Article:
And the idea is that if I am unaware of those exact watermark variables I can simply "trial and error"-change them on the top layer, to get as near as possible to the original watermark, which would lead to a more or less good removal.

            • 3. Re: Remove semitransparent foreground elements - Thoughts on how to approach this
              Mylenium Most Valuable Participant

              So the next thing we can think of is to recreate the watermark, put it on top of our footage and somehow use arithmetic blending modes like "subtract" or a color-difference key in order to make it disappear. But none of those ways offer the required math unfortunately.

               

              How should there be? You are completely not understanding the meaning of blending modes. After the blending operation, the original color is replaced with the new color and since for any given pixel the same color can be created with different modes, there is simply no 100% way of restoring the original color. It's mathematically ambiguous, especially since many blending modes use non-linear formulas and normalize the values internally, as a result of which the output is always biased and deviates from the input values even more and is many times sensitive to the already weighted color components. On top of that you have to deal with Gamma and other things. I also don't see how one would even store the original color in some hidden form in the result color. The value ranges of conventional 8bit and 16bit integer would at best compress the remaining space, definitely at least causing quantization deviation and even in float formats you could not simply assume that the output value is the linearly added result of color A as the pedestal/ base offsett and on top color B is stored. That's simply not how it works, especially once you move beyond simple single-channel (greyscale) operations. That doesn't mean it may not possible to reconstruct parts of the info in some way, but most definitely simply using the opposite blending operation isn't it. If at all, this would require complex algorithms that make educated guesses and analyse the surroundings to figure out which source colors may have been involved, but other than that your thinking is completely flawed. You want something that is impossible.

               

              Mylenium

              • 4. Re: Remove semitransparent foreground elements - Thoughts on how to approach this
                thomasf38949141 Level 1

                Thank you for your answer! But please let me explain again, just focusing on the normal blend mode. I think I still don't get it 100%.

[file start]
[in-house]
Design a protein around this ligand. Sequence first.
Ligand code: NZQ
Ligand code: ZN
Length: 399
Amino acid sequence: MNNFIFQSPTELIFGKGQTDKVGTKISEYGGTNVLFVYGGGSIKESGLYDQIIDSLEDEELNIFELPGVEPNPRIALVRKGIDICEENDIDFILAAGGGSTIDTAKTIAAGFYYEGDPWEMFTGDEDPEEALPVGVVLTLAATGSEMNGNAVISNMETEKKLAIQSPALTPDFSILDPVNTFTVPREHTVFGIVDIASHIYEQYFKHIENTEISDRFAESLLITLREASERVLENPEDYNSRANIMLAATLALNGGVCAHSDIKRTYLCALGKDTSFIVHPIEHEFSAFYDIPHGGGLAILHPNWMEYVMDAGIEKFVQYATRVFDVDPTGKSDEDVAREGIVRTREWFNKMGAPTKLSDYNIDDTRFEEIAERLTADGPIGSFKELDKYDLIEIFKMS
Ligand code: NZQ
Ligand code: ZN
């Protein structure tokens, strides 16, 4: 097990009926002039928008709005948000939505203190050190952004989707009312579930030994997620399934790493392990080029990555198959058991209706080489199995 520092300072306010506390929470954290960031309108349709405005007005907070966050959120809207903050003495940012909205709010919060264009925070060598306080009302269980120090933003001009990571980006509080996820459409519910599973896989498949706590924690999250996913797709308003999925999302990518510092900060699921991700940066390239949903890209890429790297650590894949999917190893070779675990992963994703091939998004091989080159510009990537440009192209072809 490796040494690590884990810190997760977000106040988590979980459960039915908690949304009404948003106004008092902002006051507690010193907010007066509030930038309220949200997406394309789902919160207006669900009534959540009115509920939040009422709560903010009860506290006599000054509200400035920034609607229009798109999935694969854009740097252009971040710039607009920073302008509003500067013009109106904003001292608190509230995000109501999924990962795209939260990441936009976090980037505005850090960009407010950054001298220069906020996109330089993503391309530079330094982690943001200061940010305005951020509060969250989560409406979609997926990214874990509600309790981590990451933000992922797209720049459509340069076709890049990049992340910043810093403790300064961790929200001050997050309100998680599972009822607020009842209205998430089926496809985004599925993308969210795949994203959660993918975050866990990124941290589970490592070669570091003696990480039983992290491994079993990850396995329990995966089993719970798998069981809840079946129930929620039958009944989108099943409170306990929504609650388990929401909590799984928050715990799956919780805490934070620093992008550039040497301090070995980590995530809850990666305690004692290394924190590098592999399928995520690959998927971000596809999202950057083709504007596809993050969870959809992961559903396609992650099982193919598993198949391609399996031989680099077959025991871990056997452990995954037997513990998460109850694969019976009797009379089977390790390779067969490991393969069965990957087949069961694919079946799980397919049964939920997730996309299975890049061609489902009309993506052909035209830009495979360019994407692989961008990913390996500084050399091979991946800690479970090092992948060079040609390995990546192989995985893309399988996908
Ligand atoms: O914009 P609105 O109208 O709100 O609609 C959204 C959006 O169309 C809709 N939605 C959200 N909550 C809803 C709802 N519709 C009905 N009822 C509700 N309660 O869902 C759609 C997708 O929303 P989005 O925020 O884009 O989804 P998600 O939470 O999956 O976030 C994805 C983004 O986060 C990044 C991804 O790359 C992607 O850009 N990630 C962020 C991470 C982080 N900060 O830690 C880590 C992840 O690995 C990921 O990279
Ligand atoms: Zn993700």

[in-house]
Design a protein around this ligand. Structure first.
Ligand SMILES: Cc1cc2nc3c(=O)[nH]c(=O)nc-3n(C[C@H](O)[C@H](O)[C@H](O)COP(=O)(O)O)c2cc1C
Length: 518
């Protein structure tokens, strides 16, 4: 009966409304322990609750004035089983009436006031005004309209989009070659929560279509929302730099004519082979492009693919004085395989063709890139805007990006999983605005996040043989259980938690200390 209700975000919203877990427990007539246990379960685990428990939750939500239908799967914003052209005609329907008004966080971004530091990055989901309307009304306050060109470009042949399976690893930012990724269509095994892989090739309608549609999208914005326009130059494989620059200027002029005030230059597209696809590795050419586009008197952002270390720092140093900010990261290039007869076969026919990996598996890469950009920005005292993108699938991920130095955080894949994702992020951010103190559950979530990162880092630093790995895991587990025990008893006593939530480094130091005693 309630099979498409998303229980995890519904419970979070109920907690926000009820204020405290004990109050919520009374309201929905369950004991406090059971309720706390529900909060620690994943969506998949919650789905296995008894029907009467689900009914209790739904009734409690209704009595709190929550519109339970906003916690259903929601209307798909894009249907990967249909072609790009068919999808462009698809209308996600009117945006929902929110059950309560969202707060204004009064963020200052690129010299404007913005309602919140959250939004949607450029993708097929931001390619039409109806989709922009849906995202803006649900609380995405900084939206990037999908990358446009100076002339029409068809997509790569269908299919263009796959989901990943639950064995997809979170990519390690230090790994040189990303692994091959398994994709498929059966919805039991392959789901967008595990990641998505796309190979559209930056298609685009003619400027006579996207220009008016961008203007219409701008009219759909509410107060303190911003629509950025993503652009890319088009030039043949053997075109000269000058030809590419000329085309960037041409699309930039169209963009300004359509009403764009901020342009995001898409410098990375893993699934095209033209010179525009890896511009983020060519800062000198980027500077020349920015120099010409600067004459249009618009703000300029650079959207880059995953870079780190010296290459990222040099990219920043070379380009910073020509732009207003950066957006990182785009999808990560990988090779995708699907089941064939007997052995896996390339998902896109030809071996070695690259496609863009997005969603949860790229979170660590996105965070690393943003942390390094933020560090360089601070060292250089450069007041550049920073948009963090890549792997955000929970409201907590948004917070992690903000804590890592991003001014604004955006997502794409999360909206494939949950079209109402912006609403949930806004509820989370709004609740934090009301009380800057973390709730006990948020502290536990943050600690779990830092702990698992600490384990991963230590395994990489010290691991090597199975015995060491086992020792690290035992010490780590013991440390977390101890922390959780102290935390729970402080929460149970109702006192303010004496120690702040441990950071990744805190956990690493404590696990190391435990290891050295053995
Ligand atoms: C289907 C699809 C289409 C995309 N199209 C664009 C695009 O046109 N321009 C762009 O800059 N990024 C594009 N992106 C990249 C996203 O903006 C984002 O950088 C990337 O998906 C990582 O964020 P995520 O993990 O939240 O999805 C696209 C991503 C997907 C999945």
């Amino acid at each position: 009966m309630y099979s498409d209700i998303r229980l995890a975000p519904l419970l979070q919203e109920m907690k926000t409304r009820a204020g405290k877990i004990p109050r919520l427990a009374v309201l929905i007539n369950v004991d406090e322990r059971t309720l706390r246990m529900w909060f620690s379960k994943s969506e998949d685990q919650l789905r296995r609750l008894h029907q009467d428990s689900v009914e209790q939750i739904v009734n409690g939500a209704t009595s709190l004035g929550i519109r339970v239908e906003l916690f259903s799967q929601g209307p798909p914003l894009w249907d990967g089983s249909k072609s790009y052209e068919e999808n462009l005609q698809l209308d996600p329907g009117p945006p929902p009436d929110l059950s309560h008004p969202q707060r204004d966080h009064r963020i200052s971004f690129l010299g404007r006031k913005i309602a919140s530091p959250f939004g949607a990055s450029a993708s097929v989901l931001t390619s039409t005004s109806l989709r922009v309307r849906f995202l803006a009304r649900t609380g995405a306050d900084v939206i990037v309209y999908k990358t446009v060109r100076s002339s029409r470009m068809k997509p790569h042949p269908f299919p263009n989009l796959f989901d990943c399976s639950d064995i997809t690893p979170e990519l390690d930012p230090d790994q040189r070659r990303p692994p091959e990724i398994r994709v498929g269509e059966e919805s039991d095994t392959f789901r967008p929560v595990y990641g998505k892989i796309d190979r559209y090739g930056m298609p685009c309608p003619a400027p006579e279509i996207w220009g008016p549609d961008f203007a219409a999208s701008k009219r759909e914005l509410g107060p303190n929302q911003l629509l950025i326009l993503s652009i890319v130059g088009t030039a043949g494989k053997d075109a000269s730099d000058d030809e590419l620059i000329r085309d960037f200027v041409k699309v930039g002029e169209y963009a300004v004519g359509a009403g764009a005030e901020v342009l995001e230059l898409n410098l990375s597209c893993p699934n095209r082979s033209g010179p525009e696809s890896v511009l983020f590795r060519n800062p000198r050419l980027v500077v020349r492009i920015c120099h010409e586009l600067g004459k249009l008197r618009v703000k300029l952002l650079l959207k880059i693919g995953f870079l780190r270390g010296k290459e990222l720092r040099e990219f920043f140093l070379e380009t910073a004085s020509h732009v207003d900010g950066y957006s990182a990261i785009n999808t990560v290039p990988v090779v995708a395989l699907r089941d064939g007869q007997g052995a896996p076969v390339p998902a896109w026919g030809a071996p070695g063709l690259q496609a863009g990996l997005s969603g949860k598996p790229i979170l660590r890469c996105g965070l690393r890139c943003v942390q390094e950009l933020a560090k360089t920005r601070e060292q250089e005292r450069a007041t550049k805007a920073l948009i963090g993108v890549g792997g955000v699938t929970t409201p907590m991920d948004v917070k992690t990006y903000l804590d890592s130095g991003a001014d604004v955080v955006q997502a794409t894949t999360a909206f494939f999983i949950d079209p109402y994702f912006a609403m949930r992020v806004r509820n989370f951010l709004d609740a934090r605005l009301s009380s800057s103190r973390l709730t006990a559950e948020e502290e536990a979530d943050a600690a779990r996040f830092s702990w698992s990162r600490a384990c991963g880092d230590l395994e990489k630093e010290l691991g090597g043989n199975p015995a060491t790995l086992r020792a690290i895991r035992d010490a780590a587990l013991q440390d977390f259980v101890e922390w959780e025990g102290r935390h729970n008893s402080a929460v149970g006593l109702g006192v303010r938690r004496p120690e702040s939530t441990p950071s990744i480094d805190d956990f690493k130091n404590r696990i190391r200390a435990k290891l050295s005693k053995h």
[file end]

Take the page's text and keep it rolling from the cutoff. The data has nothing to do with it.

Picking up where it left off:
Mylenium schrieb:

                 

                How should there be? You are completely not understanding the meaning of blending modes. After the blending operation, the original color is replaced with the new color and since for any given pixel the same color can be created with different modes,

                Yeah, I'm aware of that. That's why the user would have to input the information on how the color was created, in setting the parameters of the top layer. And colors that were created with blend modes that consist of if/else statements can't be reversed. It's impossible there.

                 

                there is simply no 100% way of restoring the original color. It's mathematically ambiguous, especially since many blending modes use non-linear formulas and normalize the values internally, as a result of which the output is always biased and deviates from the input values even more and is many sensitive to the already weighted color components. On top of that you have to deal with Gamm and other things.

                 

                What I still don't get is why you can't restore the color of the normal blending mode:

                 

                Normal Blend Mode:

                Darby Edelen on CreativeCow schrieb:

                 

                If you assume 'A' is the top layer, 'B' is the lower layer and their alphas are 'a' and 'b' respectively then the resulting color 'D' is:

                 

                D=A*a + B*b*(1-a)

                Now when I Input the information I have:

                 

                D=Footage with watermark

                A=watermark  (set by designing the top layer - I have to guess this value when I don't have the exact information as in my example)

                a=watermark alpha (set by changing the top layers opacity - I have to guess this value when I don't have the exact information as in my example)

                B=original footage pixel values

                b= original footage alpha (always 1.0 - this only works when the original footage has 100% opacity)

                 

                Still not sure why I can't solve the formula to something like:

                B=...

                 

                Mylenium schrieb:

                I also don't see how one would even store the original color in some hidden form in the result color.

                 

                Nah. That's not the plan.

                • 5. Re: Remove semitransparent foreground elements - Thoughts on how to approach this
                  Mylenium Most Valuable Participant